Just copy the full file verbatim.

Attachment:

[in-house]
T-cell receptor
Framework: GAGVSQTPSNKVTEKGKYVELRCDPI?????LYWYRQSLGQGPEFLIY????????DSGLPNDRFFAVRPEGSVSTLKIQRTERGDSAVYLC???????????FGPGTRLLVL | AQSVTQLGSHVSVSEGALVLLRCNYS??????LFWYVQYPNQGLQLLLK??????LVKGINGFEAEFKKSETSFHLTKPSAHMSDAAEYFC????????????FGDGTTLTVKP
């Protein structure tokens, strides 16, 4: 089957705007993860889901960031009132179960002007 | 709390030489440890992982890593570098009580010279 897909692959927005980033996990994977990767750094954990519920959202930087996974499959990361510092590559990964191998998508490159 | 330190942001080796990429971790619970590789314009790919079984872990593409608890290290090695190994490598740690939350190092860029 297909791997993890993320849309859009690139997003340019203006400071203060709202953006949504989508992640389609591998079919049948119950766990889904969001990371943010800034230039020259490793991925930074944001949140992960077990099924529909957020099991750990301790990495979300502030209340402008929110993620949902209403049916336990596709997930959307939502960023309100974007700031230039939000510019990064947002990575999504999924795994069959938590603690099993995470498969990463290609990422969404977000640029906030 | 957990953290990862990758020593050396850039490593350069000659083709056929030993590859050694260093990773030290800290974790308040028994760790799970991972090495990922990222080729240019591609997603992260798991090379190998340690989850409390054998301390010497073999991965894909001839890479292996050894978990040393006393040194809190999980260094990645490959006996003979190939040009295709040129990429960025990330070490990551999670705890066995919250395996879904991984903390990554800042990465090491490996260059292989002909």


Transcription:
[in-house]
T-cell receptor
Framework: GAGVSQTPSNKVTEKGKYVELRCDPI?????LYWYRQSLGQGPEFLIY????????DSGLPNDRFFAVRPEGSVSTLKIQRTERGDSAVYLC???????????FGPGTRLLVL | AQSVTQLGSHVSVSEGALVLLRCNYS??????LFWYVQYPNQGLQLLLK??????LVKGINGFEAEFKKSETSFHLTKPSAHMSDAAEYFC????????????FGDGTTLTVKP
């Protein structure tokens, strides 16, 4: 089957705007993860889901960031009132179960002007 | 709390030489440890992982890593570098009580010279 897909692959927005980033996990994977990767750094954990519920959202930087996974499959990361510092590559990964191998998508490159 | 330190942001080796990429971790619970590789314009790919079984872990593409608890290290090695190994490598740690939350190092860029 297909791997993890993320849309859009690139997003340019203006400071203060709202953006949504989508992640389609591998079919049948119950766990889904969001990371943010800034230039020259490793991925930074944001949140992960077990099924529909957020099991750990301790990495979300502030209340402008929110993620949902209403049916336990596709997930959307939502960023309100974007700031230039939000510019990064947002990575999504999924795994069959938590603690099993995470498969990463290609990422969404977000640029906030 | 957990953290990862990758020593050396850039490593350069000659083709056929030993590859050694260093990773030290800290974790308040028994760790799970991972090495990922990222080729240019591609997603992260798991090379190998340690989850409390054998301390010497073999991965894909001839890479292996050894978990040393006393040194809190999980260094990645490959006996003979190939040009295709040129990429960025990330070490990551999670705890066995919250395996879904991984903390990554800042990465090491490996260059292989002909």